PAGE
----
Results

Physiological responses of AVG-treated creeping bentgrass under heat stress

Under non-stress conditions, the TQ, chlorophyll content, and EL were not altered in response to AVG application for a majority of treatment dates (Figs. 1A, 2A, 3A). There was a steady decline in TQ and chlorophyll content through the duration of heat stress, whereas EL increased; however, TQ, chlorophyll content, and EL did not respond to heat stress as dramatically in AVG-treated plants when compared with the untreated control plants (Figs. 1B, 2B, 3B). The TQ was significantly higher in plants treated with AVG at 0, 21, and 25 d of heat stress (by 3.03%, 9.71%, and 31.54%, respectively) in comparison with the untreated controls. Chlorophyll content was significantly increased in AVG-treated plants at 21 and 25 d of heat stress (by 20.3% and 58.03%, respectively), whereas EL was significantly lower in plants treated with AVG at 21 and 25 d of heat stress (by 19.99% and 33.35%, respectively).

Fig. 1.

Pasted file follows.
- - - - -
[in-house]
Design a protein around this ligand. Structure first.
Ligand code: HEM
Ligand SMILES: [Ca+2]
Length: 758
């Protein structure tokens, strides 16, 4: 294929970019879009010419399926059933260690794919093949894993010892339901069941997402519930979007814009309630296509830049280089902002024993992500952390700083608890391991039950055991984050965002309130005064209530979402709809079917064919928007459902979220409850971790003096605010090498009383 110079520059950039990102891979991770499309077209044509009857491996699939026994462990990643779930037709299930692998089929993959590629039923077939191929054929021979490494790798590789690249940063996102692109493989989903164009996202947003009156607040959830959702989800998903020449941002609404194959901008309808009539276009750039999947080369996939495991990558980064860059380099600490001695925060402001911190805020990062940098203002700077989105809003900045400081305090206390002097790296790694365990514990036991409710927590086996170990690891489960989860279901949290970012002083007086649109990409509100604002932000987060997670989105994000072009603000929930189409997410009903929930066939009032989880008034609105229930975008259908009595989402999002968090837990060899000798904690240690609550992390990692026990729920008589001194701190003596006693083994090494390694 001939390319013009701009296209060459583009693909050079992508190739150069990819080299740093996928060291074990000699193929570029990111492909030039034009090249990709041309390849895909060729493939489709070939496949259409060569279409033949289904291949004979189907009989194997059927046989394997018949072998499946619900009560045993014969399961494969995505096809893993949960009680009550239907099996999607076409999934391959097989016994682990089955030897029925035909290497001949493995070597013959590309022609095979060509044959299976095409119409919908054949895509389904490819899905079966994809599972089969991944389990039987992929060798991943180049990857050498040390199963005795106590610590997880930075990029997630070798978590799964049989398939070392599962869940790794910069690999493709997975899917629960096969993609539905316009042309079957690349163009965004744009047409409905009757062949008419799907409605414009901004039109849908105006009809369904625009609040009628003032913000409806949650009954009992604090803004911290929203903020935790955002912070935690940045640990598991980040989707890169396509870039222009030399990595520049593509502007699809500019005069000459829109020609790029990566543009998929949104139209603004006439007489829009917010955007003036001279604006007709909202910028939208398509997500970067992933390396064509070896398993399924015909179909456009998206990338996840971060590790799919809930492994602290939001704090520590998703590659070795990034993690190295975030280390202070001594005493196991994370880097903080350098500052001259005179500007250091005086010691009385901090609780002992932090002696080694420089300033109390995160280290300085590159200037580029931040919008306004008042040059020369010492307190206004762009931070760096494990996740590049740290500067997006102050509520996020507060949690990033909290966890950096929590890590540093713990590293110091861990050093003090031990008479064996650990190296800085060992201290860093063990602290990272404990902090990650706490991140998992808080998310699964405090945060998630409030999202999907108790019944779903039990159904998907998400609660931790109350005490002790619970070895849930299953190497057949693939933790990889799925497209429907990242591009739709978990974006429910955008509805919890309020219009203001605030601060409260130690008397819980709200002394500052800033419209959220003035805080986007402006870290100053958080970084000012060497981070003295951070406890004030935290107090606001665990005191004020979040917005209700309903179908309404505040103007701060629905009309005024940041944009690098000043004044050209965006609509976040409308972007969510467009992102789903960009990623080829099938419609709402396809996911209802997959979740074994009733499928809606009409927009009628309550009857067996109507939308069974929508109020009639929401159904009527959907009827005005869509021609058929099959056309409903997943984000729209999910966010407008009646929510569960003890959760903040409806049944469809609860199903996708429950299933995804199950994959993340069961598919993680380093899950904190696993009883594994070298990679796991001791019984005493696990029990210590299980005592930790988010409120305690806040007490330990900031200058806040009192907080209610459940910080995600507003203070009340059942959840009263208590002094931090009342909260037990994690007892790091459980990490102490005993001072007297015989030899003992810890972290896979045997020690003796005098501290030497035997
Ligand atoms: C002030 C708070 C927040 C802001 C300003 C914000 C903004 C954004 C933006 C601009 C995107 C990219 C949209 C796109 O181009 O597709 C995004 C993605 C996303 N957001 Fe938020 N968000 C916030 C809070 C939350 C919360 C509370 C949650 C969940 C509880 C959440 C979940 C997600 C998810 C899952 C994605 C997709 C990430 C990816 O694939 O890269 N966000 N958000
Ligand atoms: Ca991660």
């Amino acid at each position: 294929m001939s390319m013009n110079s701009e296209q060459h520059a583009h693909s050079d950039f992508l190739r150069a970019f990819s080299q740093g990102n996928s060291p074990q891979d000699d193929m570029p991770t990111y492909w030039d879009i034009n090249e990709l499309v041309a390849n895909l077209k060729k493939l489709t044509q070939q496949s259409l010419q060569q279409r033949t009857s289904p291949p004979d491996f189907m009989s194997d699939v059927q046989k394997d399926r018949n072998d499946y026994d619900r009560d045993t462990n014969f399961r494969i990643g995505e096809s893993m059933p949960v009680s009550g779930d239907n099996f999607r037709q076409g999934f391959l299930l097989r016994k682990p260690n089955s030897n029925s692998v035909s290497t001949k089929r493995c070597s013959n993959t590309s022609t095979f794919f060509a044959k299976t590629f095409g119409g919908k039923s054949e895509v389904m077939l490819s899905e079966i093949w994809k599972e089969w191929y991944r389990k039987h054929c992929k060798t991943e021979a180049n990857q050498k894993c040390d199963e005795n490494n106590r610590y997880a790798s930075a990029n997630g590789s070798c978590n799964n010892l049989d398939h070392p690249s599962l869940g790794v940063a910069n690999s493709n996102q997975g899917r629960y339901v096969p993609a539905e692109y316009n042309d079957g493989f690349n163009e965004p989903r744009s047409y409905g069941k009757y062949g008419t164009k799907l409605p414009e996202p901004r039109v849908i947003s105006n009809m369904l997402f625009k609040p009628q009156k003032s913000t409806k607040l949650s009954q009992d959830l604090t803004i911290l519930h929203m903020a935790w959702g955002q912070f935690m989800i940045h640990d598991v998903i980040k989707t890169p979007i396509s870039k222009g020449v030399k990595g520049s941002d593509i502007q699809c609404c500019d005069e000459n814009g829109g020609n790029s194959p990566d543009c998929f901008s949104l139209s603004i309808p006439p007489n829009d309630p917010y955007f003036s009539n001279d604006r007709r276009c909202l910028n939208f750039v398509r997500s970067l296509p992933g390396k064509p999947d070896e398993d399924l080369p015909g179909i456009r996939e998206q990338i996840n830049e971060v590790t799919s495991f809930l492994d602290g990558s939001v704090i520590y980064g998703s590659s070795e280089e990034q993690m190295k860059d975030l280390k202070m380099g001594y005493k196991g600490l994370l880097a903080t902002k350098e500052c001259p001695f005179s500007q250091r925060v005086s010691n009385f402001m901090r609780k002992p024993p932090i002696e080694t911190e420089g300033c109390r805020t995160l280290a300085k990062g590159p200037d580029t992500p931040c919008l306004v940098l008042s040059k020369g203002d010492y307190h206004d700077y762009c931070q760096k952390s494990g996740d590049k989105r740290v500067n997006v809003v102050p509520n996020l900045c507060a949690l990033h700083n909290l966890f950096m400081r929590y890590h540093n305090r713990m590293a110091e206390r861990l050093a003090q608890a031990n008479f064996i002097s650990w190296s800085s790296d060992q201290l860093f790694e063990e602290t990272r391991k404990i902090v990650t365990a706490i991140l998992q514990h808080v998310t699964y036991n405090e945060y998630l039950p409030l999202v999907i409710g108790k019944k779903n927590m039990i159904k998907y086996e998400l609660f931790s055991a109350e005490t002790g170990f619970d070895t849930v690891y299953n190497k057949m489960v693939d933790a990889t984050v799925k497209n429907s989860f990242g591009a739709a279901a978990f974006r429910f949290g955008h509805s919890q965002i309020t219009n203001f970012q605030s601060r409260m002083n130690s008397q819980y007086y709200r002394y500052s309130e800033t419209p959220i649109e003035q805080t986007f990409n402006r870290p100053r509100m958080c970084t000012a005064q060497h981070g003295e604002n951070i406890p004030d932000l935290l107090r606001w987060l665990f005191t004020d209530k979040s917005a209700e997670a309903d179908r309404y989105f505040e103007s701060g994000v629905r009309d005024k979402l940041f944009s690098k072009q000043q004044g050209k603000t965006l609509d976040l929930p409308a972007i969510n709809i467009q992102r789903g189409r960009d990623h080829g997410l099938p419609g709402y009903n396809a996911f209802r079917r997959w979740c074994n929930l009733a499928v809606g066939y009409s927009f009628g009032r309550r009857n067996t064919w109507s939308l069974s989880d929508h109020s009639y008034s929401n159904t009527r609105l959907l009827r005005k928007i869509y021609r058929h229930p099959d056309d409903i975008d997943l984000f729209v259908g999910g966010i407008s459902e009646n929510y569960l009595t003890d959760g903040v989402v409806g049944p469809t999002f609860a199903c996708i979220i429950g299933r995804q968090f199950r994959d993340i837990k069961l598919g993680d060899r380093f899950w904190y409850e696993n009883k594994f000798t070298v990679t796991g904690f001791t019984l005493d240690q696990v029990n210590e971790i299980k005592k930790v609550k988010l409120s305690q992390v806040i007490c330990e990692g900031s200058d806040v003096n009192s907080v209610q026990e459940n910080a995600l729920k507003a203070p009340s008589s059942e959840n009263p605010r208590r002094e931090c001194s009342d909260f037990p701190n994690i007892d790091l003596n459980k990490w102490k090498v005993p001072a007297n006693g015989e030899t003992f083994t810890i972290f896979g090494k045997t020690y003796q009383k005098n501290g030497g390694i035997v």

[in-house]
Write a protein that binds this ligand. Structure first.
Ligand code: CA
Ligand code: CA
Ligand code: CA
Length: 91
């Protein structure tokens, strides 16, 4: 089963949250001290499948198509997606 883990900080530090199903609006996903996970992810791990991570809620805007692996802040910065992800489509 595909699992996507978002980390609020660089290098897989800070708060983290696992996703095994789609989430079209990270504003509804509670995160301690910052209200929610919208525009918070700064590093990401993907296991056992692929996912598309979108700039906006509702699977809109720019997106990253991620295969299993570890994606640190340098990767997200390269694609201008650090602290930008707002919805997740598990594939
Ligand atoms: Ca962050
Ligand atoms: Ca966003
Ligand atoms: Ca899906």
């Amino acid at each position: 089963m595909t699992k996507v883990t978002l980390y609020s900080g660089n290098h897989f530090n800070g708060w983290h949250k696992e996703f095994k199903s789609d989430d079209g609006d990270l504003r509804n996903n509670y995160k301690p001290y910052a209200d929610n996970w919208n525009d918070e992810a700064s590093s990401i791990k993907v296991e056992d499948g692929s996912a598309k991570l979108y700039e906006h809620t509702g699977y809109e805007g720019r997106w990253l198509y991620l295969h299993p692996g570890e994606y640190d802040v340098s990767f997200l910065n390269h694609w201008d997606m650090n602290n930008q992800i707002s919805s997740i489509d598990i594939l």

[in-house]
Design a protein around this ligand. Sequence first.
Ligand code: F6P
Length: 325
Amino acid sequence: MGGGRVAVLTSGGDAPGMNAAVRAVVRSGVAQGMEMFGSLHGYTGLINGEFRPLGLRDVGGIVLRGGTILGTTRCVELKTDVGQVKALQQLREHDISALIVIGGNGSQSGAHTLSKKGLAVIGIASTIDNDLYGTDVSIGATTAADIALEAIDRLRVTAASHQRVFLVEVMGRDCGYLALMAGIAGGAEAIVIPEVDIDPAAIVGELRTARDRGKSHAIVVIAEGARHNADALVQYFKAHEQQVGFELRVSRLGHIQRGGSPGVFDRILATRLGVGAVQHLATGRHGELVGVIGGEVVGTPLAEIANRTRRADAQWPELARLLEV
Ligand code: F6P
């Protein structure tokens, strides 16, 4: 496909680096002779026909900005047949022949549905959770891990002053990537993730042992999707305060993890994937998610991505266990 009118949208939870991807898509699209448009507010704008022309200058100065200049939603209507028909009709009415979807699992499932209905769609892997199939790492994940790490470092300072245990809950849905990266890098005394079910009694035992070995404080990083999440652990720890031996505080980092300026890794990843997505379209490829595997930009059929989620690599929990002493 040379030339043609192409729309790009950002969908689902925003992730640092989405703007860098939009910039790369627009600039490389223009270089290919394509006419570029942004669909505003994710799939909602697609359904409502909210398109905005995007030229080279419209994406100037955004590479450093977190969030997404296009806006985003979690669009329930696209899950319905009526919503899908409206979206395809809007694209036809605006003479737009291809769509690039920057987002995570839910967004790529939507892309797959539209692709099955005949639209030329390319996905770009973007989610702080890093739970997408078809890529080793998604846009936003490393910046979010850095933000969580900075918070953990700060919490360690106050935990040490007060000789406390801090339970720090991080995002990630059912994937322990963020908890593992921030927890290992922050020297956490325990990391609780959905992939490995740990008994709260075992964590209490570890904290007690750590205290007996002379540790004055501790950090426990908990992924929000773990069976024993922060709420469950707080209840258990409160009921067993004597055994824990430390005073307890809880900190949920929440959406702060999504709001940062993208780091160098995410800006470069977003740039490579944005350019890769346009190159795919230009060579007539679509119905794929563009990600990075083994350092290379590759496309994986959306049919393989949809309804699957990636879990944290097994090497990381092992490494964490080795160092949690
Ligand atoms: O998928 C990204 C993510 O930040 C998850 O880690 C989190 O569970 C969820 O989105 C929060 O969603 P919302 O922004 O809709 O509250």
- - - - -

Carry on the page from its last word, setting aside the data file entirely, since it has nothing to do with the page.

Fig. 1.

Changes in turf quality (TQ) of creeping bentgrass foliar-treated with aminoethoxyvinylglycine (AVG) or water only (untreated control) over a duration of 25 d under non-stress control (A) or heat stress (B) temperature conditions. The TQ ratings were visually assigned using a scale of 1 to 9, with a value of 1 signifying turf that is brown, desiccated, and dead, and 9 defining turf that is completely healthy, turgid, and uniform green in color. Vertical bars signify least significant difference values between AVG and the untreated control treatments on the given day, with n defining the number of data points designated to each value (n = 5). Differences between treatment means were delineated according to Fisher’s protected least significant difference test at P = 0.05.

Citation: Journal of the American Society for Horticultural Science 148, 3; 10.21273/JASHS05297-23

Fig. 2.
Fig. 2.